The authoritarian Belarusian head of state Alexander Lukashenko has ruled out direct deployment of his army in the Russian war of aggression against Ukraine. "If we get directly involved in this conflict with the armed forces, with soldiers, we're not contributing anything, we're only making it worse," Lukashenko said in response to questions from Russian journalists, according to a report by the Belta agency in Minsk.
According to him, the Belarusian army, which is 35,000 to 40,000 strong, will not solve the problem of this campaign for Russia. "We don't interfere, we don't kill anyone, we don't send soldiers there because it's not necessary," Lukashenko said. Belarus supports Russia, but its role is different.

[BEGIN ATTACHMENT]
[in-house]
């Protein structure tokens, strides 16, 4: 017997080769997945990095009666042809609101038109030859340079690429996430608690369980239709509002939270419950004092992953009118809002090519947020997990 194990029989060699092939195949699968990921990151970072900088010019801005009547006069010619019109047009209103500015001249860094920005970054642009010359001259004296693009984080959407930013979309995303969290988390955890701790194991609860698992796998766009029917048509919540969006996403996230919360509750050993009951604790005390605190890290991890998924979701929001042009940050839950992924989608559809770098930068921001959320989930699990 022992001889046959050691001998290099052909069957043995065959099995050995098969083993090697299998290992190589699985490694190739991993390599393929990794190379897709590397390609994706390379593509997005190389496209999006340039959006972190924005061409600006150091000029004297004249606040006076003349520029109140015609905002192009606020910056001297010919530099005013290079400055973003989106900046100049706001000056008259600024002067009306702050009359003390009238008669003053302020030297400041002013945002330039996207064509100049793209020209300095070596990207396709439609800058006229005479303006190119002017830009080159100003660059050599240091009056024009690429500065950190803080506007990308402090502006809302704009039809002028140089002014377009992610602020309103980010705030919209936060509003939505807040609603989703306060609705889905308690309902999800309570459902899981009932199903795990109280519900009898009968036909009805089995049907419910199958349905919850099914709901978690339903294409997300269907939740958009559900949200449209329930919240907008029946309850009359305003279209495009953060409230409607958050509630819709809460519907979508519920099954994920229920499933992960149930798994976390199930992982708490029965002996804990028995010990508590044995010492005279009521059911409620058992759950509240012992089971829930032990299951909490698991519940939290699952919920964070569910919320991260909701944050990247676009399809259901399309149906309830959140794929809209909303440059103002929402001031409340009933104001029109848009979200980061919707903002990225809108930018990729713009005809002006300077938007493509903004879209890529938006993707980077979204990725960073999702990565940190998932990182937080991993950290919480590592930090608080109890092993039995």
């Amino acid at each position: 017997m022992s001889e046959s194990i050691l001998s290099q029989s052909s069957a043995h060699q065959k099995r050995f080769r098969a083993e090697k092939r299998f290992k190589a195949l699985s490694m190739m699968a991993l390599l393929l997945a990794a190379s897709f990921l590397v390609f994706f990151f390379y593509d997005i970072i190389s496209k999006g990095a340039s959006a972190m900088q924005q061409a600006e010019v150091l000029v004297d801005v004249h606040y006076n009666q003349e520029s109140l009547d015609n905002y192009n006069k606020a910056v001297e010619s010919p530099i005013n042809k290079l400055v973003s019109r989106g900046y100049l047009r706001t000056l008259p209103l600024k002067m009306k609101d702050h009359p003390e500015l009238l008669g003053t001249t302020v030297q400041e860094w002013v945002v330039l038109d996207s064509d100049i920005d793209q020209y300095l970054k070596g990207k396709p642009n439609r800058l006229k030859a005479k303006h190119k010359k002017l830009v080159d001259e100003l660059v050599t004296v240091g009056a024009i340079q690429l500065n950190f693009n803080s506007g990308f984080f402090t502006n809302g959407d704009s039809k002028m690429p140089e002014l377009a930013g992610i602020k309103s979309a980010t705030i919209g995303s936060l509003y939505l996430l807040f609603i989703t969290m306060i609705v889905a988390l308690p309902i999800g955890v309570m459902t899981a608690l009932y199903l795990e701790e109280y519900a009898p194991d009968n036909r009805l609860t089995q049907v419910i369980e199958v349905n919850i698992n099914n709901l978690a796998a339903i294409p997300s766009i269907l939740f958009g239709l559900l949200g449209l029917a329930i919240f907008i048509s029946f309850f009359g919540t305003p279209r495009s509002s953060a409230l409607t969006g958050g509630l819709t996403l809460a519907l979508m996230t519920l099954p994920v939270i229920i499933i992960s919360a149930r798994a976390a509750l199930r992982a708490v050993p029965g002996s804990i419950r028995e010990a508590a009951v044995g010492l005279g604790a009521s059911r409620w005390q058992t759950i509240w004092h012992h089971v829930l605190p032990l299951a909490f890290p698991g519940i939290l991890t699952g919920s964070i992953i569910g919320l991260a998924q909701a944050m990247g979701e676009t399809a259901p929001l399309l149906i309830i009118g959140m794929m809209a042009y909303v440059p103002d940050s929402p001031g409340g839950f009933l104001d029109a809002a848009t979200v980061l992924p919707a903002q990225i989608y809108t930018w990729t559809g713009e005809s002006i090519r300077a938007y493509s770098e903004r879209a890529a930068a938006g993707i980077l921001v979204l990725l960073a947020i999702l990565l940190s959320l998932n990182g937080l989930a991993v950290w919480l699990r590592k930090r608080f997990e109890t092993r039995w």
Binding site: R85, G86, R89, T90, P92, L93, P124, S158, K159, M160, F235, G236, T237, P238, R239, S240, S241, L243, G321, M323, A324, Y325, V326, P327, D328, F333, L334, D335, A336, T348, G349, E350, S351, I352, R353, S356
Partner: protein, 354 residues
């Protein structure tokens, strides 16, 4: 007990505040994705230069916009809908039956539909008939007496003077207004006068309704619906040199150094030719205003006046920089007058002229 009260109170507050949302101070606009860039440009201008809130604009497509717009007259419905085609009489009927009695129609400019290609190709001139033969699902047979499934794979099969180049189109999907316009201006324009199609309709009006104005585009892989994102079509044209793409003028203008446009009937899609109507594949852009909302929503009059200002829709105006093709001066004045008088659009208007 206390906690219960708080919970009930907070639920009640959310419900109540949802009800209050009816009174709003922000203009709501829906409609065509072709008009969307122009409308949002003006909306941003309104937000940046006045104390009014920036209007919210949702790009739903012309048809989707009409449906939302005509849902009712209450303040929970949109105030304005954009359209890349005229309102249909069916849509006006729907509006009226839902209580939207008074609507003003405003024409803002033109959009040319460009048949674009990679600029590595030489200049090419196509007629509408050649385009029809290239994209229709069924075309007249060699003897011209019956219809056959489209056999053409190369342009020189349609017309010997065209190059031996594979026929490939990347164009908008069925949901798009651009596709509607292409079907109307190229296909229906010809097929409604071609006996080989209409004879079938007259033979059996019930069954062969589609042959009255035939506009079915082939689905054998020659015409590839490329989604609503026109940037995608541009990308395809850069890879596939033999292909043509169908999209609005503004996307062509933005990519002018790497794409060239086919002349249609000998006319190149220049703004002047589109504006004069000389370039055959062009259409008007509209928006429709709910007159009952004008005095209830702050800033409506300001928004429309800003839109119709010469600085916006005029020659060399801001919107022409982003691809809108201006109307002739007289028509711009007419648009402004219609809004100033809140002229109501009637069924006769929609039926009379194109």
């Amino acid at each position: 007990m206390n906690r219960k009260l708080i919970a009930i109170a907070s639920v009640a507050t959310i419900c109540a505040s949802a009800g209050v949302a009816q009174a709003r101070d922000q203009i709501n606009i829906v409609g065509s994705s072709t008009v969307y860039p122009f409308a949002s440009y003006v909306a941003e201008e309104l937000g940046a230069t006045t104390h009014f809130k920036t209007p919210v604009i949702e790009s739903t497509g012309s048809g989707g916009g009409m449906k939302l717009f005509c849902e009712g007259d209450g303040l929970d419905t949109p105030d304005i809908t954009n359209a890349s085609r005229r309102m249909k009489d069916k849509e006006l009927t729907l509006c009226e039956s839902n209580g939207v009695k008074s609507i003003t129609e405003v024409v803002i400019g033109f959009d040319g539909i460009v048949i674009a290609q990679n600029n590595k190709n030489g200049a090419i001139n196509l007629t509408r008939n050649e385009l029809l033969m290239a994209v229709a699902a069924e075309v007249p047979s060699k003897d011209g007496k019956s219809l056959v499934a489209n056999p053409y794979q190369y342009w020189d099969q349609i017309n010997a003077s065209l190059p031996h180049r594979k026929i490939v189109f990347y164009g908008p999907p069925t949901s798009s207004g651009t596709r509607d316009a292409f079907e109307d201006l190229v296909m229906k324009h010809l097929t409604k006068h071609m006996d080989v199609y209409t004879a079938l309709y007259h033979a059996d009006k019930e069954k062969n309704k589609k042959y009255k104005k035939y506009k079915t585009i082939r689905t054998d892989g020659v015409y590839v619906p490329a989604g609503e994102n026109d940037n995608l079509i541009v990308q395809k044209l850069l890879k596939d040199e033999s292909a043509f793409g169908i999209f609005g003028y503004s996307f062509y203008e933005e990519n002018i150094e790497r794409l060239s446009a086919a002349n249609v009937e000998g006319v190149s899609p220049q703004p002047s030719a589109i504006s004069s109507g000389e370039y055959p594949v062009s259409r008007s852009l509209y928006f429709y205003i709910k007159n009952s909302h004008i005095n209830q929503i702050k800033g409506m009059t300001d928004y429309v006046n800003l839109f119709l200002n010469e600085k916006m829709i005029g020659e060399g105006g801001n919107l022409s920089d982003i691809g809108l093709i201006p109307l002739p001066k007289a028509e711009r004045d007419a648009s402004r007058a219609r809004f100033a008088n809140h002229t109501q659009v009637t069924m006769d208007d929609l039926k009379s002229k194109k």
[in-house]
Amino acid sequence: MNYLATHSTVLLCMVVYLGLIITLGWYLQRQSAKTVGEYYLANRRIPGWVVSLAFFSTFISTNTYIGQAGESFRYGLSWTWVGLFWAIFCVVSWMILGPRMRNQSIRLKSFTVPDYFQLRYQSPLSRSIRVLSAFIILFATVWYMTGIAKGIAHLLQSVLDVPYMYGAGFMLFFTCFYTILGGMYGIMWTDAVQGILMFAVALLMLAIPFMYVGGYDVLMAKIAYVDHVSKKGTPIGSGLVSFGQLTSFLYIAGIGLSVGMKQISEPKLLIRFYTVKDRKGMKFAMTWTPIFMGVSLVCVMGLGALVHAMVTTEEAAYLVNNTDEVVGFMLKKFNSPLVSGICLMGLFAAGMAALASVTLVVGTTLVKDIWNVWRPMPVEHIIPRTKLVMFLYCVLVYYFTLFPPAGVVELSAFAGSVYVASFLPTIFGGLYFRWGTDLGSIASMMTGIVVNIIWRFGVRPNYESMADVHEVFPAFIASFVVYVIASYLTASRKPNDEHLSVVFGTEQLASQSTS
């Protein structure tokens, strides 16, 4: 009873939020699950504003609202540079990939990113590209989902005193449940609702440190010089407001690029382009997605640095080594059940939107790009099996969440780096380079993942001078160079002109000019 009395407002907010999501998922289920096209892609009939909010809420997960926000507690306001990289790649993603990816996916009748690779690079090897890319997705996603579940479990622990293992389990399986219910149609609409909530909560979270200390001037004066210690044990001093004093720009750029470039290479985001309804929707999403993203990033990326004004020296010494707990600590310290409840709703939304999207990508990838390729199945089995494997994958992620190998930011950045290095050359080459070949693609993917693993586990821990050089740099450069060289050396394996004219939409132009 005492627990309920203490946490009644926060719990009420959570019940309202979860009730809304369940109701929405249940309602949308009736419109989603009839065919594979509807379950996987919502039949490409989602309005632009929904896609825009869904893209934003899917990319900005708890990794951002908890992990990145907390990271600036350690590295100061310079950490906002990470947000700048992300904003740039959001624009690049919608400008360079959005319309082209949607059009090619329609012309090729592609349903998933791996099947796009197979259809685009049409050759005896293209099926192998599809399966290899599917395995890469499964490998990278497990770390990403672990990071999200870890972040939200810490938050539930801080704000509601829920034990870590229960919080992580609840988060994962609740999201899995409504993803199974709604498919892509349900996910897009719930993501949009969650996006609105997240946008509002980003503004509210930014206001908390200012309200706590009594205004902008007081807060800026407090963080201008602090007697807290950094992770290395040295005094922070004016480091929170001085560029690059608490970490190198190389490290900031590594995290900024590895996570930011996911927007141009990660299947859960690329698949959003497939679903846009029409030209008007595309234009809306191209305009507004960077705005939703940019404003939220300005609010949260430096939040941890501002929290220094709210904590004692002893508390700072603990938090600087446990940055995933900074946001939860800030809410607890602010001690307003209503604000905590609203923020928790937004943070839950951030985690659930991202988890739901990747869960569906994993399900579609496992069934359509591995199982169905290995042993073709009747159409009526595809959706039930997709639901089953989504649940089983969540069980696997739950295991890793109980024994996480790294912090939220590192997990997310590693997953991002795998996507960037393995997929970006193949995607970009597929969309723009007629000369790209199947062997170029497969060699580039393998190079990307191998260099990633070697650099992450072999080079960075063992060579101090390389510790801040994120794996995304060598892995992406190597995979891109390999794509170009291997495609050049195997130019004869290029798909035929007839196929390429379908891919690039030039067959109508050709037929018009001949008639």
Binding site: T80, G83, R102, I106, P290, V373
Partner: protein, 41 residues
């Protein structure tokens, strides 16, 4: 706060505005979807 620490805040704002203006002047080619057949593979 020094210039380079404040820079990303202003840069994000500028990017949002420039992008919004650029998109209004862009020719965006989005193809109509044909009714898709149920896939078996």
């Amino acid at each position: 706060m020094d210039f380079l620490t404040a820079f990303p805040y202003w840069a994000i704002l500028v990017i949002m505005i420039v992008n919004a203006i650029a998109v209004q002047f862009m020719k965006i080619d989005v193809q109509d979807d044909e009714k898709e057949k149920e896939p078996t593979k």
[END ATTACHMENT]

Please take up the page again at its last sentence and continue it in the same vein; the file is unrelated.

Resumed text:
Lukashenko has made his country, which is heavily dependent on Moscow, available as a deployment area for Russian troops. Russian airstrikes on Ukraine are flown from there. After material losses by the Russian army, Belarus provides tanks and other weapons. Ukraine therefore regards the neighboring country as a warring party and also keeps troops in reserve in case it has to fend off a direct attack from Belarus.
Lukashenko advocated peace talks between Moscow and Kyiv. However, he claimed that Poland and the US were preventing Ukraine from negotiating.